The head of an urban Māori authority is calling for the Government to introduce measures showing whether the funding it provides is actually producing results.
Te Whānau O Waipareira Trust and the North Island Whānau Ora Commissioning agency, Te Pou Matakana, have launched 'Social Value Aotearoa'.
The network aims to get organisations, including those in the public sector, to think about more than just the costs of providing a service.
It wanted an assessment model to be introduced which analysed whether there were actually any tangible benefits for those the funding was meant to help.
Trust chief executive John Tamihere said the Government's current approach was not working and it needed to adopt a different one.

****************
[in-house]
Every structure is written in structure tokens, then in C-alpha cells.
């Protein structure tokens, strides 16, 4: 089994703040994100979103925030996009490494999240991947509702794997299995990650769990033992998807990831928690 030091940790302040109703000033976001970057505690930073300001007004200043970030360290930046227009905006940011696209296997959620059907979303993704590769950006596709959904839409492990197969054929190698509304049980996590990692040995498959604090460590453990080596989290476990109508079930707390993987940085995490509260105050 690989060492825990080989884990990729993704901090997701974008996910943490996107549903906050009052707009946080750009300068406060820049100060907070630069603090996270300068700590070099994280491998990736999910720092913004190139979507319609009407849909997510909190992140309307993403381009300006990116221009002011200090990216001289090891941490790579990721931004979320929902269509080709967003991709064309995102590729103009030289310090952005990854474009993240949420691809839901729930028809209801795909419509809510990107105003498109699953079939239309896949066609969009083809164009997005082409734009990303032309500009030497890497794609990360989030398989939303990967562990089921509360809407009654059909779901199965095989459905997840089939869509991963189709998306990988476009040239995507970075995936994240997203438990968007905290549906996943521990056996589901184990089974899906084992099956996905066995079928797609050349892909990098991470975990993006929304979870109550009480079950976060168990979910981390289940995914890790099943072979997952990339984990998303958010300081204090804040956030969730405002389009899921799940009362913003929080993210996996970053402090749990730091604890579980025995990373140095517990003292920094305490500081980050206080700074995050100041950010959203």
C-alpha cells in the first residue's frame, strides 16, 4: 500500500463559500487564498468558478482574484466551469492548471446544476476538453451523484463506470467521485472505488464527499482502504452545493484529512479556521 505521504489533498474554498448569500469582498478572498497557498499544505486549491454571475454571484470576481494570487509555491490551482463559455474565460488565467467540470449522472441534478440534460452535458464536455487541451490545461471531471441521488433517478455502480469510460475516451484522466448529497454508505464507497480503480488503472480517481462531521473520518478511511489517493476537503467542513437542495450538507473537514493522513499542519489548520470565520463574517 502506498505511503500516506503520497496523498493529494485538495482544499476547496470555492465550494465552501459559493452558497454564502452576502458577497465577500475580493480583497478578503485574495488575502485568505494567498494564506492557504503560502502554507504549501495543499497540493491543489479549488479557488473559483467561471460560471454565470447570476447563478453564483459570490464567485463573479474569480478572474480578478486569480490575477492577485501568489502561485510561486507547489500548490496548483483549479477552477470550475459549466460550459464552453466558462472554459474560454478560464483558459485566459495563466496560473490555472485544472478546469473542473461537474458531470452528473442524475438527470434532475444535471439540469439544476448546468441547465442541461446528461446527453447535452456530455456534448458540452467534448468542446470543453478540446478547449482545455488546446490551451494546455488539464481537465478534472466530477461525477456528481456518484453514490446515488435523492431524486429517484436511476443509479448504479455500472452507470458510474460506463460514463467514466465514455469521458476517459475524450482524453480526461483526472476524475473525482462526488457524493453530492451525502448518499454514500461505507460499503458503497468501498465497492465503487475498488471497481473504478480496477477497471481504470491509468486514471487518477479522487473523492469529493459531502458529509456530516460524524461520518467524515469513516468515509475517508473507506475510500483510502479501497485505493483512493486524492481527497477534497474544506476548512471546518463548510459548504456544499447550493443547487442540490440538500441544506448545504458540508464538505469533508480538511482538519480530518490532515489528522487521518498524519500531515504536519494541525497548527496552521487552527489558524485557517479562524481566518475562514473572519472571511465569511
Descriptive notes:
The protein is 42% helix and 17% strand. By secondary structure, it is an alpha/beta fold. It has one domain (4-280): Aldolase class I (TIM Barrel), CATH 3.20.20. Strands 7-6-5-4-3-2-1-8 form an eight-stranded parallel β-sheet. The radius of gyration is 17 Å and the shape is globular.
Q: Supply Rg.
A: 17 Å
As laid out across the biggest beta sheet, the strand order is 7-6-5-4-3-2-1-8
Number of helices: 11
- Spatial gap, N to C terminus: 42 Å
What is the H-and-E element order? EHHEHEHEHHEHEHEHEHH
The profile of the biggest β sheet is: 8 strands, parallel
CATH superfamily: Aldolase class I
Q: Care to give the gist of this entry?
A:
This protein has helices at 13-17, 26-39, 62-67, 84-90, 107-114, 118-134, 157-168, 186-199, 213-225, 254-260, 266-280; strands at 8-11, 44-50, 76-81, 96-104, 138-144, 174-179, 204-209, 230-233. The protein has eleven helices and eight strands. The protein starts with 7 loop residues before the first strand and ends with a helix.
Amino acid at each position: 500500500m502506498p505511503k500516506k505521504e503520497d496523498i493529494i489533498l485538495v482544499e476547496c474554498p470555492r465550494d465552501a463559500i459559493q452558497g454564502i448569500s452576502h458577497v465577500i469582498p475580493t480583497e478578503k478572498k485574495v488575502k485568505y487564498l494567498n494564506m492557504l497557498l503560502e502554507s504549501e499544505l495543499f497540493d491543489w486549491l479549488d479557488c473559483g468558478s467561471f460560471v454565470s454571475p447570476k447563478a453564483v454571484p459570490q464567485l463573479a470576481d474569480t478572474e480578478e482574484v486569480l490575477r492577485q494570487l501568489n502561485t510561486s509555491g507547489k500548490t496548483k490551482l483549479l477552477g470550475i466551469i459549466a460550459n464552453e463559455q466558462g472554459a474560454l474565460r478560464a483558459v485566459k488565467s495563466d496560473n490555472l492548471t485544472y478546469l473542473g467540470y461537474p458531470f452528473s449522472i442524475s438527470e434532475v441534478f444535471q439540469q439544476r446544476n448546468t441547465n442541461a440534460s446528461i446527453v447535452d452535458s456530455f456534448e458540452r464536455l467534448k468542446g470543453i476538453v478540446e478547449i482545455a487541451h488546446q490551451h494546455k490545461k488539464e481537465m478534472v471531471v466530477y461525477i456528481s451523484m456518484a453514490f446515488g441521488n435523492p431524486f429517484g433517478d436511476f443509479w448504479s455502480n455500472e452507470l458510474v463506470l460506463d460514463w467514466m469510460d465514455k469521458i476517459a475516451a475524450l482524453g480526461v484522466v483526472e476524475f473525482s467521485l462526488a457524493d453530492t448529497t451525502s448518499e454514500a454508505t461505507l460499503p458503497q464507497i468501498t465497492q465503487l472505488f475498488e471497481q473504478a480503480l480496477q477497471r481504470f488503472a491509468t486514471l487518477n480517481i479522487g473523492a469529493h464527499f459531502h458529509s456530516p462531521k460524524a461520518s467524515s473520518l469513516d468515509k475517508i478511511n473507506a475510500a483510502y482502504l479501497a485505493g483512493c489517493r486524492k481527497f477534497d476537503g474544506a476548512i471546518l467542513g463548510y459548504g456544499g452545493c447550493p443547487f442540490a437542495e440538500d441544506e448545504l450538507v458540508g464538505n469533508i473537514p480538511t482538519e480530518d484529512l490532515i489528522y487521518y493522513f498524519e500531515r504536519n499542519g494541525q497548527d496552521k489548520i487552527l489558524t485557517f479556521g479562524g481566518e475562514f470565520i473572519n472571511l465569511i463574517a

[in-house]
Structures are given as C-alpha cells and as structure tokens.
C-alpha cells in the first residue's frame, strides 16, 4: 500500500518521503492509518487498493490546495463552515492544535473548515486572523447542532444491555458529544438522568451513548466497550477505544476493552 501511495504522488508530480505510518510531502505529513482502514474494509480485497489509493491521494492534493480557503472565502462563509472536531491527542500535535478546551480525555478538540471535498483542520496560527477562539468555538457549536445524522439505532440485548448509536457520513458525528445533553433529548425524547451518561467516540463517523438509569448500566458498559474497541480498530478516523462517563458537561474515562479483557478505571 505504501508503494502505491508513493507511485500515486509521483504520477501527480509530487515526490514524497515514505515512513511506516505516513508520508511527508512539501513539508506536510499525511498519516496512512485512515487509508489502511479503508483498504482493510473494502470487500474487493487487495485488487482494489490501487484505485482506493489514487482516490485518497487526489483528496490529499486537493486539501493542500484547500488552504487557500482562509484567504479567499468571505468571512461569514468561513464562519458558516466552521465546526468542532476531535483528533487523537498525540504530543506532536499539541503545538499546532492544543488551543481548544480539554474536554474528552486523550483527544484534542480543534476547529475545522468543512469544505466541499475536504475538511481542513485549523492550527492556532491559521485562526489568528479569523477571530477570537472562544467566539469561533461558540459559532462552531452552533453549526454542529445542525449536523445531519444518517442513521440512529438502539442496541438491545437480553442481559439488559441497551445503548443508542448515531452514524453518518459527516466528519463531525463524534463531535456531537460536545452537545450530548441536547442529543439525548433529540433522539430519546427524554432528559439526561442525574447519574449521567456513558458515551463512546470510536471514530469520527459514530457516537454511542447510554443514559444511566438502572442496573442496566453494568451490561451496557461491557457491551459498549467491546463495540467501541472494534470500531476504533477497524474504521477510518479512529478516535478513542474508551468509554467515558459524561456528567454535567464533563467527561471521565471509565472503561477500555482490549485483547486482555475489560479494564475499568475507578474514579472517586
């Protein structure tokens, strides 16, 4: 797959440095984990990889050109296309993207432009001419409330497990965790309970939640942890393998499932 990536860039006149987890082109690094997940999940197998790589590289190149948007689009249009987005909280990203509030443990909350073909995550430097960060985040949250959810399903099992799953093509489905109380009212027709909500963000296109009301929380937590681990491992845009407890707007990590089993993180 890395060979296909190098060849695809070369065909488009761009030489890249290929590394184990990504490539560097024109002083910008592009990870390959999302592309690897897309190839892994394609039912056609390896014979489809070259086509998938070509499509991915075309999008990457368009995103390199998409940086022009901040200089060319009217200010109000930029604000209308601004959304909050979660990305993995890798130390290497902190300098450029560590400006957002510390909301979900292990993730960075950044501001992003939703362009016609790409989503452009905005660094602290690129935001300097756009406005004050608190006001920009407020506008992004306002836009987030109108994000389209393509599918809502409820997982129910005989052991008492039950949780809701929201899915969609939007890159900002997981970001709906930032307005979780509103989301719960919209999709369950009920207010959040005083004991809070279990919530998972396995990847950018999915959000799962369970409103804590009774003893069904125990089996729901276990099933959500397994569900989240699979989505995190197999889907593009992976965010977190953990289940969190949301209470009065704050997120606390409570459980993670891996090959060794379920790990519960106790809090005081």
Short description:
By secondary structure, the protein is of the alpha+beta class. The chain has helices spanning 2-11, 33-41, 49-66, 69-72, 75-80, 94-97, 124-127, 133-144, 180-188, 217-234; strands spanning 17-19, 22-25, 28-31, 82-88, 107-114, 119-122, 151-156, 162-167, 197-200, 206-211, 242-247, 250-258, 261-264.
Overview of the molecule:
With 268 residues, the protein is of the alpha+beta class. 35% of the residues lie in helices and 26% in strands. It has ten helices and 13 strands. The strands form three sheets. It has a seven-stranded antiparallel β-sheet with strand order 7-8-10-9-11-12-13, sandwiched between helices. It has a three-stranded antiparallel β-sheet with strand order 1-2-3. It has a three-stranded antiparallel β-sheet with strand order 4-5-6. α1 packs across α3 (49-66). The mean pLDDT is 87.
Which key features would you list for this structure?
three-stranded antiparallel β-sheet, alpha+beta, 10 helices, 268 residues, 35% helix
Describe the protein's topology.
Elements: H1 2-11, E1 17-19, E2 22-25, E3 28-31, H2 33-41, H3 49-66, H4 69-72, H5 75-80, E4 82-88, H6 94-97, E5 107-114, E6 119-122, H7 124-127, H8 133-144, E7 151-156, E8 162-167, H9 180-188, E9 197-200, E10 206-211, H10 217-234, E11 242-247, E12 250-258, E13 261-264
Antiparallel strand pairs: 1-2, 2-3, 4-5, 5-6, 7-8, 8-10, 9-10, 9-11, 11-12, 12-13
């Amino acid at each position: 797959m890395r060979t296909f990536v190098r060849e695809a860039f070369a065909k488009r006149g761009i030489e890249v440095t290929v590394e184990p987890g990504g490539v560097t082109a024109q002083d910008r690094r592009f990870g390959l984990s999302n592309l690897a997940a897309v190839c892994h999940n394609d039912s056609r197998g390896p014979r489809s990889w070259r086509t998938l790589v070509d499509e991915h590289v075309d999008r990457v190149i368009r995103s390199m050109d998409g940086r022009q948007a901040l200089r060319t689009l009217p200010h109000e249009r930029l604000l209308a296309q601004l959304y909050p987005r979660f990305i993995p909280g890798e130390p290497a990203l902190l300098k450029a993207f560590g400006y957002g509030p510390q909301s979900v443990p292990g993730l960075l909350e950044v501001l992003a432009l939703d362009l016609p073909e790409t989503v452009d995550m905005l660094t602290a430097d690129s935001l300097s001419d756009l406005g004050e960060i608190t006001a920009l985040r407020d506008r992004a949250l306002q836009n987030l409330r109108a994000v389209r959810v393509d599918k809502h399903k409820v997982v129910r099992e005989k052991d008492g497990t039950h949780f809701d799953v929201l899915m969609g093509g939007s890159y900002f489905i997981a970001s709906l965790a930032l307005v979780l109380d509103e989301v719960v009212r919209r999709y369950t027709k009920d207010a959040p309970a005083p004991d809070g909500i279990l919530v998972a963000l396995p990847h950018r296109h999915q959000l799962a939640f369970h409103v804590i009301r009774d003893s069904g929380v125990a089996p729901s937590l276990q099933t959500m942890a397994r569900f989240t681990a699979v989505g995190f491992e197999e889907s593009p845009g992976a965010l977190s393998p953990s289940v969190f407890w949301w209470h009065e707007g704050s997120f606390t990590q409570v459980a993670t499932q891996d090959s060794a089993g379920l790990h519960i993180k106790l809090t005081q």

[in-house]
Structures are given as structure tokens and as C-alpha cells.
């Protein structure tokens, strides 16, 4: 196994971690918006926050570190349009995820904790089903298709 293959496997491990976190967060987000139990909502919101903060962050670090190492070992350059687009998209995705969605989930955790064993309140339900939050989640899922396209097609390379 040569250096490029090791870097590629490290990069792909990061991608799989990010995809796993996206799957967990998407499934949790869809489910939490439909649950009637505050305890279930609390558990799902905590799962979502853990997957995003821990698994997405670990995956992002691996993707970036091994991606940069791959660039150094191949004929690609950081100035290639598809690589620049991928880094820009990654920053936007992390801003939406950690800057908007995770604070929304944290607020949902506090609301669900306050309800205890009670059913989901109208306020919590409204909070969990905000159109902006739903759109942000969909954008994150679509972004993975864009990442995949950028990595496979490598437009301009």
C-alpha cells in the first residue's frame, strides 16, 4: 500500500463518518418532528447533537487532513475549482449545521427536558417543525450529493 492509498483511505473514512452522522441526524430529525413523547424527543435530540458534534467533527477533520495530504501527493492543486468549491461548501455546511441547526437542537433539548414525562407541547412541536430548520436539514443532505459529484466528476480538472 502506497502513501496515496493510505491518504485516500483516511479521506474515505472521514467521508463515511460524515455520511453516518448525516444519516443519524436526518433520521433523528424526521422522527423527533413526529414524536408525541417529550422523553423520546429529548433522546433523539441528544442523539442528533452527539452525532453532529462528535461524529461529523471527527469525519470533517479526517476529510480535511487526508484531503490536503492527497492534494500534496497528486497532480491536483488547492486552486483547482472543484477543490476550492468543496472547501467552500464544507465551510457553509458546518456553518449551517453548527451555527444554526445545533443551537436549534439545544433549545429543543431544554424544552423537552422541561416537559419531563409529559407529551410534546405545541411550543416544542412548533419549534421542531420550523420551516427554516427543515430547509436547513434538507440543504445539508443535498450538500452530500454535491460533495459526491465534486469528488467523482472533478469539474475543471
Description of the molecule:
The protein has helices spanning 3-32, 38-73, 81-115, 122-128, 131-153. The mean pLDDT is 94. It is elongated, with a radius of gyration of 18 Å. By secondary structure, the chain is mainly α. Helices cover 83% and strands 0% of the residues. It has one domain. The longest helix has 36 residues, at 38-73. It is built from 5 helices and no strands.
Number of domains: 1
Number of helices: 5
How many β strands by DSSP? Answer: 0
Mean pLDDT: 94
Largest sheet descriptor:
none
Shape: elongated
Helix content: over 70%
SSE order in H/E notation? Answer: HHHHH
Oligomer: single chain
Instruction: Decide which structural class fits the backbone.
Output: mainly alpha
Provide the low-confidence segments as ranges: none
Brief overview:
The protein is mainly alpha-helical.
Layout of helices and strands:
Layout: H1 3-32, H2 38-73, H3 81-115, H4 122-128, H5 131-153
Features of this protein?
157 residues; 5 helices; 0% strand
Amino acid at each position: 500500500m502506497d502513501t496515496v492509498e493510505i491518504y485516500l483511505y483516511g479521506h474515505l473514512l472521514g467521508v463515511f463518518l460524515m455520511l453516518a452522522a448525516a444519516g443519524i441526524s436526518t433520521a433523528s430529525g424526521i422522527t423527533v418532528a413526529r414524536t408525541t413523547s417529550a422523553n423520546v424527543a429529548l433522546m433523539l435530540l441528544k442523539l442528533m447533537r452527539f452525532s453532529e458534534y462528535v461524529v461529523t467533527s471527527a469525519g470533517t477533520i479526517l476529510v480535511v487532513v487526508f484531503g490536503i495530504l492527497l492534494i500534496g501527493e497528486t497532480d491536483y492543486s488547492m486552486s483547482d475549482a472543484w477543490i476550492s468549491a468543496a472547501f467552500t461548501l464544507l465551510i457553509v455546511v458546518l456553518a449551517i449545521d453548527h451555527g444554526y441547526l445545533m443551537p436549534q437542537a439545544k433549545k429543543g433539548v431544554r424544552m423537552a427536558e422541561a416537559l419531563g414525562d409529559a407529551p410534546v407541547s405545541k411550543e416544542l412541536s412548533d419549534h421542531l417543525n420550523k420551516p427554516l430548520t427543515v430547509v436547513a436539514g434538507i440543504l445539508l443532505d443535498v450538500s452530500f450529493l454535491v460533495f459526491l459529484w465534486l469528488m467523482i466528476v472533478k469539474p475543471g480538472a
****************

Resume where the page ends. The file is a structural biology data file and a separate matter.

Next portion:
"We measure the volume of money that goes to achieve a volume of activity.
"What we don't measure is whether that activity is working and is as relevant as it should be, and that's what Social Value Aotearoa brings to the party.
"We all struggle to get our minds around why education might not work, why welfare programmes aren't as good as they could be, why recidivism rates don't drop, so there's a lot of negative deficit expenditure which goes on all the time," he said.
"We've got to find out how we can stop volumes [of people] going to jail and hospital. If we can drop those volumes and at the same time produce positive citizens, our whole productivity line in the country starts to lift."
Social Development Minister Anne Tolley said in a statement that she agreed there was little evidence of how effective funding in the social services sector was, but said the new Community Investment Strategy would create a more results-focused approach.